Applied learning ensures that our students are actively engaged in opportunities to practice ethical behavior and leadership skills. We must ask them to repeatedly work to resolve situations that conflict with their values. Such opportunities might include awarding students badges for different experiential activities, setting expectations for leaders of student organizations, and holding case competitions that explicitly address issues of ethics or social responsibility.

We suggest the general methods above for supporting student development, but we also believe that business schools need to work together to find more ways to integrate ethics into their programs. Together, we must explore and answer a range of questions: What are best practices for encouraging students to care about integrity? How do we effectively shape behaviors that demonstrate responsibility? How do we make sure that students understand not only what constitutes an ethical decision, but also how to act strategically to put such a decision into practice?

Creating a Collective Action Plan

By collaborating across institutions, we can expand the list of actions business colleges can undertake to develop students into ethical leaders. We also can increase the feasibility, efficiency, and impact of carrying out those actions.

As one example, for the past three years Penn State’s Smeal College of Business has sponsored its Business with Integrity Case Competition. This initiative has effectively engaged students, recruiters, faculty, and alumni in ethical issues. The competition is also an example of a institutional collaboration, in that its success was heavily influenced by Smeal faculty’s exposure to similar case competitions sponsored by other business schools.

The impact of this competition has gone one step further through a recent partnership between the Smeal College of Business and the College of Business at the University of Nebraska-Lincoln (UNL). This year, UNL’s College of Business replicated the model to create its own Business with Integrity Case Competition. Due to the pandemic, this competition was run completely online, which taught us additional lessons that we can share with other programs, particularly regarding the potential to increase the participation of alumni and advisory board members as judges and coaches.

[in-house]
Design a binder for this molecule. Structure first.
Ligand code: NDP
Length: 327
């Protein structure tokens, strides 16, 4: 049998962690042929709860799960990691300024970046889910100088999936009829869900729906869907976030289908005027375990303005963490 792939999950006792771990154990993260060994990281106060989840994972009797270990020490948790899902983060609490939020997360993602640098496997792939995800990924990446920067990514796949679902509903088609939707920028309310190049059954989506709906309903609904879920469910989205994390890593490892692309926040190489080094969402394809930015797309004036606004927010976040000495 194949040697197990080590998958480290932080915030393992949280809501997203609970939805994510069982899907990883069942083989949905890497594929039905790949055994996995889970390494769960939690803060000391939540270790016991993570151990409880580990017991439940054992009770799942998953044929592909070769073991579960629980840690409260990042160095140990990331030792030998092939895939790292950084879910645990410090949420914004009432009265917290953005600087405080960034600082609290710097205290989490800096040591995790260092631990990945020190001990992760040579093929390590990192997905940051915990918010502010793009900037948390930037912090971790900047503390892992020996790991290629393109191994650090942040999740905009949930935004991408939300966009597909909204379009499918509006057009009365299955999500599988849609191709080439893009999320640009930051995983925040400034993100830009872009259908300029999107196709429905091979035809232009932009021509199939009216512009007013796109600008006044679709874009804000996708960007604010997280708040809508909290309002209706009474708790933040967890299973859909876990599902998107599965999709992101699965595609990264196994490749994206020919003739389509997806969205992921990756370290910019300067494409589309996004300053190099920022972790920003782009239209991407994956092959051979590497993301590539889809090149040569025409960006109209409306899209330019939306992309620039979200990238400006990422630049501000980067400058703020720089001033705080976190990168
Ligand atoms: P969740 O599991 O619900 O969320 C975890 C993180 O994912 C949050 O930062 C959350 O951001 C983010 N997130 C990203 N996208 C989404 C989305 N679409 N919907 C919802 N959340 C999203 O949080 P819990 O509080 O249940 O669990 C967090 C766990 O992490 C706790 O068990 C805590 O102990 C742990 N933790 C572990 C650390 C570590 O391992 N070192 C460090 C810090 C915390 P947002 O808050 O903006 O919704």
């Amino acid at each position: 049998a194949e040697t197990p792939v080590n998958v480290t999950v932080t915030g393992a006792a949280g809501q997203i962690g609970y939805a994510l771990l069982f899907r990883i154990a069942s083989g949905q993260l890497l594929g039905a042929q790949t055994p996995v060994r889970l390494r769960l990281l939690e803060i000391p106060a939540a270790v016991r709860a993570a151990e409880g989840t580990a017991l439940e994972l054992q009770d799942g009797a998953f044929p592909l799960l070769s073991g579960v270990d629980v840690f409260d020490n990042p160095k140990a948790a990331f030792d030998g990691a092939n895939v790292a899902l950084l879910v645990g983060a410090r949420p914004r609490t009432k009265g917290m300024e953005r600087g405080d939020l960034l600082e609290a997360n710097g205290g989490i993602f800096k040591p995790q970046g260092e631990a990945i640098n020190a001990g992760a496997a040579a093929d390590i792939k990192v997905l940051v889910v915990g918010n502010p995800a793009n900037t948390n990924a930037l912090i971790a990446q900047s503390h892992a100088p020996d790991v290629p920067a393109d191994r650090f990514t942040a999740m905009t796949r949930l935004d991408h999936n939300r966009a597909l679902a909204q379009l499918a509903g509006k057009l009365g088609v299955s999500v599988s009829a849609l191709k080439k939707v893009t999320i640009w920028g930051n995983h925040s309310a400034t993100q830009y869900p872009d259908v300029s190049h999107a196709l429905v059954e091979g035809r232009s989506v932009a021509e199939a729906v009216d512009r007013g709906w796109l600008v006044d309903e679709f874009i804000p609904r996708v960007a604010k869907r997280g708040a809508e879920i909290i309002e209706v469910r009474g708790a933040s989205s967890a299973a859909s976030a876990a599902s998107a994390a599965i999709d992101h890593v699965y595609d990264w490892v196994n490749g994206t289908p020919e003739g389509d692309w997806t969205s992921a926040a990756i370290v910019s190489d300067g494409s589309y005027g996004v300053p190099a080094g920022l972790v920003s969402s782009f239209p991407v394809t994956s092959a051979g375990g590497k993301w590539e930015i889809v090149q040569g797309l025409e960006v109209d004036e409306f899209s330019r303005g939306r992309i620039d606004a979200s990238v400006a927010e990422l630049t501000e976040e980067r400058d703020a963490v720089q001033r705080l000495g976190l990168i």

Business colleges can turn to partnerships to create “a platform for business schools to work together to foster engagement, accelerate innovation, and amplify impact in business education.”

The future of collaboration to expand this competition remains wide open. Organizers are now considering engaging additional schools and even creating an intercollegiate competition that would bring the winners of individual college competitions together. For example, Gies College of Business at the University of Illinois Urbana-Champaign plans to join this collaboration and help envision an intercollegiate dimension to the competition to enhance student experiences.

Gretchen Winter, a co-author of this article, also testifies to the broader impact such initiatives can have on a college. Winter, who serves as executive director of the Center for Professional Responsibility in Business and Society at Gies, attributes the creation of a for-credit class at the college in part to excitement created when students had the opportunity to interact and compete with students from other schools. 

Share Your Best Practices

The opportunity exists for many business colleges to turn to such partnerships to realize the intent behind AACSB’s shared accreditation standards. As the 2020 Guiding Principles emphasize, we can create “a platform for business schools to work together to foster engagement, accelerate innovation, and amplify impact in business education—and create a shared sense of responsibility to impact society positively.”

To further expand on this collaboration, we invite you to use this form (which requires a Google sign-in) to share your practices for nurturing and developing the next generation of leaders to act with integrity. We hope you will provide short summaries of practices that your college or program has implemented, as well as any associated resources such as links, files, graphics, or videos. If possible, we ask you to tag your submission with a few key words and provide contact information.

We will review and organize the submissions, with the intent of sharing the practices on the AACSB Exchange member forum. In this way, we hope to start an ongoing collective conversation about how, together, our institutions can develop students into more responsible, ethical leaders.

Michelle Darnell
Director, Tarriff Center for Business Ethics and Social Responsibility, Smeal College of Business, Pennsylvania State University
Tawnya Means
Assistant Dean of Educational Innovation and Chief Learning Officer, Gies College of Business, University of Illinois Urbana-Champaign
Gretchen Winter
Executive Director, Center for Professional Responsibility in Business and Society, Gies College of College of Business, University of Illinois Urbana–Champaign
The views expressed by contributors to AACSB Insights do not represent an official position of AACSB, unless clearly stated.